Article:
Millennials in the Workplace: Creating a Multigenerational Culture
People are working longer – in years. The good news? Our baby-boomers are living longer and are by far the most health conscious generation! The bad news? Pension is nearly non-existent, benefits are going up, thus retirement ages are also going up. Meanwhile, did you know that a child born in the U.S. today has more than a 50% chance of living to be at least 105? Or that a 20-year-old has a 50% chance of living beyond 100? This means our business cultures have to engage all generations in the workforce for a longer duration than ever before.
Key to all generations is the need to work together productively and be respected for our values and experiences. All generations want to remain engaged in their work by having the opportunity to continue to grow, develop, and be successful in assigned endeavors.
Inconsistent Stereotypes of Millennials in the Workplace
In Jennifer Deal’s, Center for Creative Leadership (CCL), Five Millennial Myths article, Jennifer found that “…. stereotypes of millennials in the workplace are inconsistent at best and destructive at worst.” Similarly, IBM’s multigenerational study of employees in 12 countries concluded that millennials are a lot like their older colleagues.
- Millennials don’t want to be told what to do
- Lack organizational loyalty
- Are not interested in work
- Want constant acclaim
- Are more motivated by perks and high pay
- Have different career goals and expectations
All these assumptions were found to be inaccurate. I found 2018 research from Gallup and other reputable institutions that millennials:
- 75% believe that their organizations could do more to develop future leaders
- 70% say work-life balance is very important
- 65% say opportunity for personal development most influenced their decision to accept their current job
- 64% say they’d rather make 40k a year at a job they enjoy than 100k at one they don’t.
- 59% say an employer’s provision of state-of-the art technology was important to them when considering a job
- 52% say career progression is the main attraction, ahead of competitive salaries at 44%
- 36% say the reputation of the organization influenced their decision to accept their current job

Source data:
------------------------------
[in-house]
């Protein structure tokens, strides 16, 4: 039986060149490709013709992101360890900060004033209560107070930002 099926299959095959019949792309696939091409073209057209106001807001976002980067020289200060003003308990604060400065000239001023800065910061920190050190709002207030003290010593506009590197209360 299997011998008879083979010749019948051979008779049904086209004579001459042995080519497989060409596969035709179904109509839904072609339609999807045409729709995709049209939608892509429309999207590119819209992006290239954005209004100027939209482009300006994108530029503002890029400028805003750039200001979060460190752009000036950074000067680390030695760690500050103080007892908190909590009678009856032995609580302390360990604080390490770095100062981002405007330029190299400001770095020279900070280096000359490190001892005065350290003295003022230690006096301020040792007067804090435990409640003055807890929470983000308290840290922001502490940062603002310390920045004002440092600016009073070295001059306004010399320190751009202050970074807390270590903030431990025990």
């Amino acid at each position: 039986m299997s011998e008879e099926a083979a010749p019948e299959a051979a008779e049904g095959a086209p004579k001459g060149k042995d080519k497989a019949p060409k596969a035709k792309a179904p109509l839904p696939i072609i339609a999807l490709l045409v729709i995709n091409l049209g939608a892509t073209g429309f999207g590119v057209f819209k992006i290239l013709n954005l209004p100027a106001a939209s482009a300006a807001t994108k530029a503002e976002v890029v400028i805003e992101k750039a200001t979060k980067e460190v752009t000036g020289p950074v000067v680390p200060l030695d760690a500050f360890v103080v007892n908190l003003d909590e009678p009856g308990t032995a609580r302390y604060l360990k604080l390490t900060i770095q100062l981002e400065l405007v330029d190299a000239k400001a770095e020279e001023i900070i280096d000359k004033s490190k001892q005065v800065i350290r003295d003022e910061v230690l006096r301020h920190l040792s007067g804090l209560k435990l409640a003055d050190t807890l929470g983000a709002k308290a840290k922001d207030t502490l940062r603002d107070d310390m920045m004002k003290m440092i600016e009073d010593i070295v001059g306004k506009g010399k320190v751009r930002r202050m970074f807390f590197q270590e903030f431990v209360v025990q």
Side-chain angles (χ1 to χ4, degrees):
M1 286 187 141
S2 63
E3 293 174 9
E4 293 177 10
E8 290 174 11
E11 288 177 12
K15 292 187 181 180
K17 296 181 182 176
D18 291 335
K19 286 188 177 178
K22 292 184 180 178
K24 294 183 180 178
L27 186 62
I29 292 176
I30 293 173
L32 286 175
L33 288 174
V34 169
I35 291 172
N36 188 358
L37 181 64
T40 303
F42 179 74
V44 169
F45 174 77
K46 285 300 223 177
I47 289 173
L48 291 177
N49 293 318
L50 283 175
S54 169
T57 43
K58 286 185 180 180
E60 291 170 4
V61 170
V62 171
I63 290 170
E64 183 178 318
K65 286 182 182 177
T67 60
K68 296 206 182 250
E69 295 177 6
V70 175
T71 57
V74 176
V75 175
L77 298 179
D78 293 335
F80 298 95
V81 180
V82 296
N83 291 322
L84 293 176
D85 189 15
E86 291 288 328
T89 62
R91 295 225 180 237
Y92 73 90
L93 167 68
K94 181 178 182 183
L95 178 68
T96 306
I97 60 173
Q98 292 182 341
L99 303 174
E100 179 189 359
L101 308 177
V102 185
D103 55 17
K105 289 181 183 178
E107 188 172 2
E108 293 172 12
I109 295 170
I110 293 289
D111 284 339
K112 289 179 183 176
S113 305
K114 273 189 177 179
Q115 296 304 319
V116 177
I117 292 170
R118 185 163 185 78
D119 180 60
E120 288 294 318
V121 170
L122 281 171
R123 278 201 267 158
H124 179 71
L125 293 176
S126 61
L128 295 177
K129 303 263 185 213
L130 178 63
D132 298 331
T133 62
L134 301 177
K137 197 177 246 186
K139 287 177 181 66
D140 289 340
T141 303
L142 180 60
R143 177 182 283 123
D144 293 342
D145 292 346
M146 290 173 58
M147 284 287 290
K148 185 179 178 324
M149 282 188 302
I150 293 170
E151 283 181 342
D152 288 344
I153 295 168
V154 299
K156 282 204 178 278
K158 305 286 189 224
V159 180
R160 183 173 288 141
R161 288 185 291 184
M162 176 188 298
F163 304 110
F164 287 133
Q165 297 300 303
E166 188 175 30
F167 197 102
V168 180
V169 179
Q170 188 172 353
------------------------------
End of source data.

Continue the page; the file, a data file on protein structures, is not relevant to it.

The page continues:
- 21% say they’ve changed jobs within the past year & 50% show less willing to stay in their current jobs
- 19% say that flexible working hours is the benefit they would most value from an employer
Looking Beyond Generational Differences
The one meaningful difference regarding millennials in the IBM study was not attitudinal or behavioral but that they are the first wave of digital natives to enter the workforce. Even though values and customs of society will change across the years, the underlying structure of human personality seems to be remarkably consistent. Our only difference it seems are experiences when growing up which influence the values and ‘personality’ of our generation.
So maybe we should stop talking about generational differences, but instead look at individuals in different stages of their lives, in order to flex behavior and work together. Some honest reflection on what we were like when we were younger, or where we might be heading when we get older, might help us to understand different-aged individuals better.
What’s Your Generation’s Personality?
Using personality-based assessments helps us coach and develop our employees to be self-aware of their current emotional and social paradigm, no matter what their age. Plus, education on fellow associates’ current personality markers can help us all to empathize with where others are at in their current life-stage and flex our approach to productively work to reach success together.